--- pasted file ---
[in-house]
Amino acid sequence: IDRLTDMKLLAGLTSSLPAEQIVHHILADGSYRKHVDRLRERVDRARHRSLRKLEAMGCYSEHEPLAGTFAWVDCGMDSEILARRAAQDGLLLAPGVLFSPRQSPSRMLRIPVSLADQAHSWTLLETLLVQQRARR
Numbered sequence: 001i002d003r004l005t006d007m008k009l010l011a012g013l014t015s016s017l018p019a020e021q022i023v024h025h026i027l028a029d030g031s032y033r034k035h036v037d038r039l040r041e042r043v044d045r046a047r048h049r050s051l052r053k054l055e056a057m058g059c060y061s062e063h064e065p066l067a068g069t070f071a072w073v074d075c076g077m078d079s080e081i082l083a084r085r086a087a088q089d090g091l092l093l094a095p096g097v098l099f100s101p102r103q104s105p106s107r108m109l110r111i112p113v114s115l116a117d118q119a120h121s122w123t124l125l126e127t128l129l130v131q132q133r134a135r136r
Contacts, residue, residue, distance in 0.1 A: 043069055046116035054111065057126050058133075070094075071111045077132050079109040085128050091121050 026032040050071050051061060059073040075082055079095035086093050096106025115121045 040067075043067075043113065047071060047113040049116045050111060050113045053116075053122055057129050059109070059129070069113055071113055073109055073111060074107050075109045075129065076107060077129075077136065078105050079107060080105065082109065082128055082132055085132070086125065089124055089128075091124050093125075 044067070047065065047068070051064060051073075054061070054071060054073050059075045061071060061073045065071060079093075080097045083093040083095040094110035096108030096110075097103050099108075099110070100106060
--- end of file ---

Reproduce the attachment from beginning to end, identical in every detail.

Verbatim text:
[in-house]
Amino acid sequence: IDRLTDMKLLAGLTSSLPAEQIVHHILADGSYRKHVDRLRERVDRARHRSLRKLEAMGCYSEHEPLAGTFAWVDCGMDSEILARRAAQDGLLLAPGVLFSPRQSPSRMLRIPVSLADQAHSWTLLETLLVQQRARR
Numbered sequence: 001i002d003r004l005t006d007m008k009l010l011a012g013l014t015s016s017l018p019a020e021q022i023v024h025h026i027l028a029d030g031s032y033r034k035h036v037d038r039l040r041e042r043v044d045r046a047r048h049r050s051l052r053k054l055e056a057m058g059c060y061s062e063h064e065p066l067a068g069t070f071a072w073v074d075c076g077m078d079s080e081i082l083a084r085r086a087a088q089d090g091l092l093l094a095p096g097v098l099f100s101p102r103q104s105p106s107r108m109l110r111i112p113v114s115l116a117d118q119a120h121s122w123t124l125l126e127t128l129l130v131q132q133r134a135r136r
Contacts, residue, residue, distance in 0.1 A: 043069055046116035054111065057126050058133075070094075071111045077132050079109040085128050091121050 026032040050071050051061060059073040075082055079095035086093050096106025115121045 040067075043067075043113065047071060047113040049116045050111060050113045053116075053122055057129050059109070059129070069113055071113055073109055073111060074107050075109045075129065076107060077129075077136065078105050079107060080105065082109065082128055082132055085132070086125065089124055089128075091124050093125075 044067070047065065047068070051064060051073075054061070054071060054073050059075045061071060061073045065071060079093075080097045083093040083095040094110035096108030096110075097103050099108075099110070100106060